African American Art: Harlem Renaissance, Civil Rights Era, and Beyond
1st floor West, American Art Museum
April 27, 2012 – September 3, 2012
at the Smithsonian American Art Museum
African American Art: Harlem Renaissance, Civil Rights Era, and Beyond presents a selection of paintings, sculpture, prints, and photographs by forty-three black artists who explored the African American experience from the Harlem Renaissance through the Civil Rights era and the decades beyond, which saw tremendous social and political changes. In response, these artists created an image of America that recognizes individuals and community and acknowledges the role of art in celebrating the multivalent nature of American society.
The artworks in the exhibition lay out a vision of America from an African American viewpoint. These artists embrace many universal themes and also evoke specific aspects of the African American experience—the African Diaspora, jazz, and the persistent power of religion.
The artists work in styles as varied as documentary realism, abstraction, and postmodern assemblage of found objects to address a diverse array of subjects. Robert McNeill, Richmond Barthé, and Benny Andrews speak to the dignity and resilience of people who work the land. Jacob Lawrence, Roy DeCarava, and Thornton Dial, Sr. acknowledge the struggle for economic and civil rights. Sargent Johnson, Loïs Mailou Jones, and Melvin Edwards address the heritage of Africa, and images by Romare Bearden recast Christian themes in terms of black experience. James Porter and Alma Thomas explore beauty in the natural world.
All 100 artworks in the exhibition are drawn entirely from the Smithsonian American Art Museum’s rich collection of African American art. More than half of the featured works, including paintings by Benny Andrews, Jacob Lawrence, and Loïs Mailou Jones, and photographs by Roy DeCarava, Gordon Parks, Roland Freeman, and Marilyn Nance, are being exhibited and circulated by the museum for the first time, and ten works are recent acquisitions. The exhibition includes fifty-four photographs, which will be integrated into the display while also organizing the exhibition thematically. Individual object labels will connect the artists and their works with the artistic, social, and contextual factors that shaped their creation. The exhibition is organized by Virginia Mecklenburg, senior curator.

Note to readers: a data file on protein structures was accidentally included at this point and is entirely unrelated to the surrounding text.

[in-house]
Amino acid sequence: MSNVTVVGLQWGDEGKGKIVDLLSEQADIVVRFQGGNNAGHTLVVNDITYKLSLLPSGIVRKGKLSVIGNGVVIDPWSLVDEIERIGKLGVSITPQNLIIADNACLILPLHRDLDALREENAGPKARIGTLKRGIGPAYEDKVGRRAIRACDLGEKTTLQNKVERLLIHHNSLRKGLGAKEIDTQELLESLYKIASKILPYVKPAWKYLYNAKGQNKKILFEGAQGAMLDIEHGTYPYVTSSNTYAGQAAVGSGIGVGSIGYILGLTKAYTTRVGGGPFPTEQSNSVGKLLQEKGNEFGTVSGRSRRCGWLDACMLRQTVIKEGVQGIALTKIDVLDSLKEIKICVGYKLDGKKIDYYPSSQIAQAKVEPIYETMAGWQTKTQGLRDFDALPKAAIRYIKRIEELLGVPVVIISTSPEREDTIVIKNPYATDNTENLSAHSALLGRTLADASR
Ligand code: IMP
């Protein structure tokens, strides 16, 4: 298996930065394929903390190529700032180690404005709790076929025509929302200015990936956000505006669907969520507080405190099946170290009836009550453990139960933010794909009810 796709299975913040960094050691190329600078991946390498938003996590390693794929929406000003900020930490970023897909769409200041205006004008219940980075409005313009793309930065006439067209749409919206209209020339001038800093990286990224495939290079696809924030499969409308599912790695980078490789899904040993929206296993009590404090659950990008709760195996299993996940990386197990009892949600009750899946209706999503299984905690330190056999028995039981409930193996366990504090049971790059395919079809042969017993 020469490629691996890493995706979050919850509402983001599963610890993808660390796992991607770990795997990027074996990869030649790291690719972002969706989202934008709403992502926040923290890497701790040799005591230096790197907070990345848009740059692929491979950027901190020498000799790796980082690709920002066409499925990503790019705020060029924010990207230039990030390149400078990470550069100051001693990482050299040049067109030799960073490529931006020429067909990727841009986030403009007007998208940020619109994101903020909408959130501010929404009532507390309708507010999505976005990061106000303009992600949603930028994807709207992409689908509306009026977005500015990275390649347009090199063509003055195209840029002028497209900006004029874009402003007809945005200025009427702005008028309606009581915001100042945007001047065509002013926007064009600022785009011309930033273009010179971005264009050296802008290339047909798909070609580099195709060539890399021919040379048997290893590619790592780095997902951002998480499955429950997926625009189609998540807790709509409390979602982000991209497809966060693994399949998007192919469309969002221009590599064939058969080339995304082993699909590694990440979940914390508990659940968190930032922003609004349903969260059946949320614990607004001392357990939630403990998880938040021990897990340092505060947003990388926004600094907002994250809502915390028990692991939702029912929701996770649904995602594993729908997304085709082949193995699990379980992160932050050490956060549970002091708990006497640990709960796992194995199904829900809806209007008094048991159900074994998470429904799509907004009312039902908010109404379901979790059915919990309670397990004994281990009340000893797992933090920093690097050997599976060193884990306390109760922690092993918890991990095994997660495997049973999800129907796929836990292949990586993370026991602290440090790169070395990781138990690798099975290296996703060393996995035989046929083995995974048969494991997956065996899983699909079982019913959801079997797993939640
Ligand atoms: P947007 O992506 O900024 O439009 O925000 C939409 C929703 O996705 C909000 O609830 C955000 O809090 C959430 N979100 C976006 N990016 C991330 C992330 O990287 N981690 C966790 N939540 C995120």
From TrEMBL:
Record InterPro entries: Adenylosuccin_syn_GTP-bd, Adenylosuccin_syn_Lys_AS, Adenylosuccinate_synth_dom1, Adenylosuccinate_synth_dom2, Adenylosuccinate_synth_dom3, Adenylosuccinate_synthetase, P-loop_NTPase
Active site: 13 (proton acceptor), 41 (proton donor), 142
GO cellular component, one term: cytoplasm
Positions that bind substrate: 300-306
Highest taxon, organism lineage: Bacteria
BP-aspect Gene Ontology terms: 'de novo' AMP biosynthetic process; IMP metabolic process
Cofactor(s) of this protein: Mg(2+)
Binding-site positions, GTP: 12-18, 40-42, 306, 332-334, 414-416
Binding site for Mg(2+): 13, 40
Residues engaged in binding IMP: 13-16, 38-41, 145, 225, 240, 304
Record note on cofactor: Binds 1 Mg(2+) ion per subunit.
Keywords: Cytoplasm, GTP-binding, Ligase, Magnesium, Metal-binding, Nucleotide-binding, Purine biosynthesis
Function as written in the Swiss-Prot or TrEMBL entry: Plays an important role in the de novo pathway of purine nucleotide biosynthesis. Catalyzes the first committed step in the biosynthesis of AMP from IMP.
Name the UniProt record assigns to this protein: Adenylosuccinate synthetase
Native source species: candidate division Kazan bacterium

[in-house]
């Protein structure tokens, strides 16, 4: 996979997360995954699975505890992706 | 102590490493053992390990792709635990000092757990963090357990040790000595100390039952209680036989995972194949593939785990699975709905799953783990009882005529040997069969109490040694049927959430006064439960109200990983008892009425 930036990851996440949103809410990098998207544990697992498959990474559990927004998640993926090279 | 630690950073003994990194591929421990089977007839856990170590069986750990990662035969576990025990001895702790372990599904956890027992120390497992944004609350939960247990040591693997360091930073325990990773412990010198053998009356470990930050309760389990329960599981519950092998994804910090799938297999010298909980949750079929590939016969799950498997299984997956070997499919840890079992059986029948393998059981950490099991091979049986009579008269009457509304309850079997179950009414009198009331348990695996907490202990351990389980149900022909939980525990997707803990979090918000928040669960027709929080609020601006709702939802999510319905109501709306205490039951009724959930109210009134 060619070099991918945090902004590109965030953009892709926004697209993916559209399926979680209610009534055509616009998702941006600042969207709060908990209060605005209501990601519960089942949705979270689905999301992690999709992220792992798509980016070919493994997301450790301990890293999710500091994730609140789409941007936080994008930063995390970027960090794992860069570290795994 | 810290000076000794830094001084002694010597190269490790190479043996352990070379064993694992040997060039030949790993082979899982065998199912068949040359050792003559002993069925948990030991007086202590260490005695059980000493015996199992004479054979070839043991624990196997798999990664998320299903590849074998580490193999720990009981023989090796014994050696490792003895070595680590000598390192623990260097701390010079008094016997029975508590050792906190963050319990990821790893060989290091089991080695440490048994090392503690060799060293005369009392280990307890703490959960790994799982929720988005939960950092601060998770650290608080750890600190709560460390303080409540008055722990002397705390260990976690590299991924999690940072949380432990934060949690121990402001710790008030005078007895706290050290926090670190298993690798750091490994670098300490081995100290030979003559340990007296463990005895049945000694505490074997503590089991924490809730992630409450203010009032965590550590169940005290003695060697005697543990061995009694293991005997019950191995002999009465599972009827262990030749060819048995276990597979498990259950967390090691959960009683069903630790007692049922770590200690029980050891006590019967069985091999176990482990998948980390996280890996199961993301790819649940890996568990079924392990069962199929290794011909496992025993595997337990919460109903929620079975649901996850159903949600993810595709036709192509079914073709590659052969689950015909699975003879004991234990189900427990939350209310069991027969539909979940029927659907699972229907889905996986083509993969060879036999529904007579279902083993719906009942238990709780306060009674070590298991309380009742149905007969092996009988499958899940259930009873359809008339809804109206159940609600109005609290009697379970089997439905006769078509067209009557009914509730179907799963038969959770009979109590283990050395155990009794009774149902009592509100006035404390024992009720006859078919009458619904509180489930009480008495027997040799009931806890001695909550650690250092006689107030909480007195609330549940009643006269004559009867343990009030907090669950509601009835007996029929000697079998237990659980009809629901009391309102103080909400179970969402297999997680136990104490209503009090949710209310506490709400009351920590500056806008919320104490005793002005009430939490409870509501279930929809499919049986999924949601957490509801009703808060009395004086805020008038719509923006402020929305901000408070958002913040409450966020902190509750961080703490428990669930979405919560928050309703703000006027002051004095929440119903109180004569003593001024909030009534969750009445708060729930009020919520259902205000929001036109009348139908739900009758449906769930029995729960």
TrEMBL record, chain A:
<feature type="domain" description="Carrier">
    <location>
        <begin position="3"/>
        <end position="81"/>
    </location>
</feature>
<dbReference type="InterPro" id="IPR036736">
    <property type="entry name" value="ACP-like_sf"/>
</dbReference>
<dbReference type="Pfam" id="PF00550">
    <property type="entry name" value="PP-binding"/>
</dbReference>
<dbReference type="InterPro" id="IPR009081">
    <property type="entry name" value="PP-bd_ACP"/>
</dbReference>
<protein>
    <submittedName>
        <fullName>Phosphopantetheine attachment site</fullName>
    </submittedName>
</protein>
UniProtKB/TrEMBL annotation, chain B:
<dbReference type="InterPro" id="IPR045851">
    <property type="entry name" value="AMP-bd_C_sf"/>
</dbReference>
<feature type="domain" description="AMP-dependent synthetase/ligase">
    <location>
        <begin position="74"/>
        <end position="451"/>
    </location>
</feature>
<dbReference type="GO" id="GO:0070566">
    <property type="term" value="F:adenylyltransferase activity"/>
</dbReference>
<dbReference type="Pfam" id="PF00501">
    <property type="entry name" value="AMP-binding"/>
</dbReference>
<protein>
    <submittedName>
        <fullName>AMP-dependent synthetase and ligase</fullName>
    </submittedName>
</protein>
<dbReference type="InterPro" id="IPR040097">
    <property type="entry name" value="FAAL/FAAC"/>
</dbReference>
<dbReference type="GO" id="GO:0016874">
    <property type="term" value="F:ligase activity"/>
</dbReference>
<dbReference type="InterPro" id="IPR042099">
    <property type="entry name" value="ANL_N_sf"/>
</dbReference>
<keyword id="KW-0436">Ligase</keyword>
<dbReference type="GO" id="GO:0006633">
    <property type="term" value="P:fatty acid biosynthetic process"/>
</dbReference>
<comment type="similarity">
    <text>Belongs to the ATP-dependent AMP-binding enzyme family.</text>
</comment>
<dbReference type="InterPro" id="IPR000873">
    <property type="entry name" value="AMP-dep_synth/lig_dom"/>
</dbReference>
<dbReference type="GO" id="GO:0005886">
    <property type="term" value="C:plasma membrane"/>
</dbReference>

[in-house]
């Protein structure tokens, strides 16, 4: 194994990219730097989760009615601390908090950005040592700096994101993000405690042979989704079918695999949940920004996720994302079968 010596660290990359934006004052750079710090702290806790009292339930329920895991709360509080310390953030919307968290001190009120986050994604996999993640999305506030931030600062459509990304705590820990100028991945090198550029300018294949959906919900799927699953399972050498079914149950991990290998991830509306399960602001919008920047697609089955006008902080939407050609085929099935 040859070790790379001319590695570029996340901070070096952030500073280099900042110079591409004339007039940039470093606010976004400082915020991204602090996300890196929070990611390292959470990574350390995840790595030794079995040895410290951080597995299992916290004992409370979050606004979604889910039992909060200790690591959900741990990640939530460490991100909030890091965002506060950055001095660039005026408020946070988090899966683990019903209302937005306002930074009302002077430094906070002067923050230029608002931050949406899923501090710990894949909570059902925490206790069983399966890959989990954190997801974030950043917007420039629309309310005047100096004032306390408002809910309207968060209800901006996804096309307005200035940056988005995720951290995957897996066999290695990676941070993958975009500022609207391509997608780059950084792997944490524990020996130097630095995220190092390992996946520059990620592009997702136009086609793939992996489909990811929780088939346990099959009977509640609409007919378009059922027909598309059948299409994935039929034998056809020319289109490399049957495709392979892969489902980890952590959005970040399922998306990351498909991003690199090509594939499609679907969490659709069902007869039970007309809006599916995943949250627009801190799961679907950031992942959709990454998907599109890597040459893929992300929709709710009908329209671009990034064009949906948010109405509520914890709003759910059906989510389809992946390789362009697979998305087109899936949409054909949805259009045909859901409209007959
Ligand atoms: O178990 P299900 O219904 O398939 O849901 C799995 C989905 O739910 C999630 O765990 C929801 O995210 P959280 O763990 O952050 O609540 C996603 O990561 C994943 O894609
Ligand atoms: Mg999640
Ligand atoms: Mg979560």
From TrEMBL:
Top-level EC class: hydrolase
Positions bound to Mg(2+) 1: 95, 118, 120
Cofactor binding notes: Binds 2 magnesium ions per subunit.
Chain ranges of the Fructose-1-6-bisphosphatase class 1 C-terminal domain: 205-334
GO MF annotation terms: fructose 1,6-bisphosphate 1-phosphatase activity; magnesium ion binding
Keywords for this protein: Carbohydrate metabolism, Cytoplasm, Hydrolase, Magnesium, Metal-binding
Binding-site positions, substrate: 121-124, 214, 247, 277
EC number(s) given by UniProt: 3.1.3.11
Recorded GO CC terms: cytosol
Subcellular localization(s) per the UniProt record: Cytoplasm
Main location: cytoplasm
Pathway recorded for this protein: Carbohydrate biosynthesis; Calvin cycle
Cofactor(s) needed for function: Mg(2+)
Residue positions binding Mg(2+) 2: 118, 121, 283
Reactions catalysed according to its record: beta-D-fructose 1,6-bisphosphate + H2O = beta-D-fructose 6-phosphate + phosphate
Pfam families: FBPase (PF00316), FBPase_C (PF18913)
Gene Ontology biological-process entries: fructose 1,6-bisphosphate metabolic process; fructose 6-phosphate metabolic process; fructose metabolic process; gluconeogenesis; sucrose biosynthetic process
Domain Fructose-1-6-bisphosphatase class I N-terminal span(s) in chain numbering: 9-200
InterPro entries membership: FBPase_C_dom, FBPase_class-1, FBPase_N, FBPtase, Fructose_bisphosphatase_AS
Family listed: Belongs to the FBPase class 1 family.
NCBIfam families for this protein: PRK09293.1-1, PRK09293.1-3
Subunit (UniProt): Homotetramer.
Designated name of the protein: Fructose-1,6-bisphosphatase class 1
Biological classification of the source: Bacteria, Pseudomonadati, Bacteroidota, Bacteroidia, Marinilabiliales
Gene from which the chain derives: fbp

April 27, 2012, Renée Ater, Insight and Inspiration for 20th Century African American Art
The exhibition is accompanied by a beautifully illustrated catalogue, written by distinguished scholar Richard J. Powell, the John Spencer Bassett Professor of Art and Art History at Duke University. The book also includes entries about each artist by Virginia Mecklenburg; Theresa Slowik, the museum’s chief of publications; and Maricia Battle, curator in the prints and drawings division at the Library of Congress. The catalogue, co-published by the museum with Skira Rizzoli in New York, will be available for purchase ($60 hardcover, $40 softcover) in the museum store and at bookstores nationwide.
African American Art: Harlem Renaissance, Civil Rights Era, and Beyond is available for tour after closing at the Smithsonian American Art Museum. If you are interested in hosting the exhibition at your museum, please visit our traveling exhibitions page for contact information.
Confirmed venues include:
Muscarelle Museum of Art at The College of William and Mary in Williamsburg, Virginia (September 28, 2012–January 6, 2013)
Mennello Museum of American Art in Orlando, Florida (February 1, 2013–April 28, 2013)
Peabody Essex Museum in Salem, Massachusetts (June 1, 2013–September 2, 2013)
Hunter Museum of American Art in Chattanooga, Tennessee (February 14, 2014–May 25, 2014)
Crocker Art Museum in Sacramento, California (June 28, 2014–September 21, 2014)
African American Art: Harlem Renaissance, Civil Rights Era, and Beyond is organized by the Smithsonian American Art Museum with generous support from Alston & Bird; Amherst Holdings, LLC; Diane and Norman Bernstein Foundation; Larry Irving and Leslie Wiley; the William R. Kenan, Jr. Endowment Fund; Clarence Otis and Jacqui Bradley; and PEPCO. The C.F. Foundation in Atlanta supports the museum’s traveling exhibition program, Treasures to Go.